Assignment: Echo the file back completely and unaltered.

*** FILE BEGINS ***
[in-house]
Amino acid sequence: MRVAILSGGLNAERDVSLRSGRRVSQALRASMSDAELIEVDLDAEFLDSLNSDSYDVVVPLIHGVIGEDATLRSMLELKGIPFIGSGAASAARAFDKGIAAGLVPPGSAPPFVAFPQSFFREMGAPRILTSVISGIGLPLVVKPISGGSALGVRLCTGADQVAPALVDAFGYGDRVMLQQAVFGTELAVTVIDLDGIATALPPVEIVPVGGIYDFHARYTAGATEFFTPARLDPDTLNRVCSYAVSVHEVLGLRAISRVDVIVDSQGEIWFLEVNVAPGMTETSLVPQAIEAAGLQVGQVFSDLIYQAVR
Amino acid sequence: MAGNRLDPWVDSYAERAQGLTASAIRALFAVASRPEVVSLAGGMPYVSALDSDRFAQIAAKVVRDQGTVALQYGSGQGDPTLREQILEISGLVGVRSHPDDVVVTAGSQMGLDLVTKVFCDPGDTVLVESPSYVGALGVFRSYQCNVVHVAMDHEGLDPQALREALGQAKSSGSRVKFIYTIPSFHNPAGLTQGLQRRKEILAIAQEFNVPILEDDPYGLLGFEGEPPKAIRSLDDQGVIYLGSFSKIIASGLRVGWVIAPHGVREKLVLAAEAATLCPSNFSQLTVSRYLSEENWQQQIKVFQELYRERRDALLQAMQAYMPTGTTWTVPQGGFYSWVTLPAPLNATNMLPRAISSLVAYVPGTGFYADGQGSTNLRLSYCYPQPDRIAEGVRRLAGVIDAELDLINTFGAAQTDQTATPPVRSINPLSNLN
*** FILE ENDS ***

[in-house]
Amino acid sequence: MRVAILSGGLNAERDVSLRSGRRVSQALRASMSDAELIEVDLDAEFLDSLNSDSYDVVVPLIHGVIGEDATLRSMLELKGIPFIGSGAASAARAFDKGIAAGLVPPGSAPPFVAFPQSFFREMGAPRILTSVISGIGLPLVVKPISGGSALGVRLCTGADQVAPALVDAFGYGDRVMLQQAVFGTELAVTVIDLDGIATALPPVEIVPVGGIYDFHARYTAGATEFFTPARLDPDTLNRVCSYAVSVHEVLGLRAISRVDVIVDSQGEIWFLEVNVAPGMTETSLVPQAIEAAGLQVGQVFSDLIYQAVR
Amino acid sequence: MAGNRLDPWVDSYAERAQGLTASAIRALFAVASRPEVVSLAGGMPYVSALDSDRFAQIAAKVVRDQGTVALQYGSGQGDPTLREQILEISGLVGVRSHPDDVVVTAGSQMGLDLVTKVFCDPGDTVLVESPSYVGALGVFRSYQCNVVHVAMDHEGLDPQALREALGQAKSSGSRVKFIYTIPSFHNPAGLTQGLQRRKEILAIAQEFNVPILEDDPYGLLGFEGEPPKAIRSLDDQGVIYLGSFSKIIASGLRVGWVIAPHGVREKLVLAAEAATLCPSNFSQLTVSRYLSEENWQQQIKVFQELYRERRDALLQAMQAYMPTGTTWTVPQGGFYSWVTLPAPLNATNMLPRAISSLVAYVPGTGFYADGQGSTNLRLSYCYPQPDRIAEGVRRLAGVIDAELDLINTFGAAQTDQTATPPVRSINPLSNLN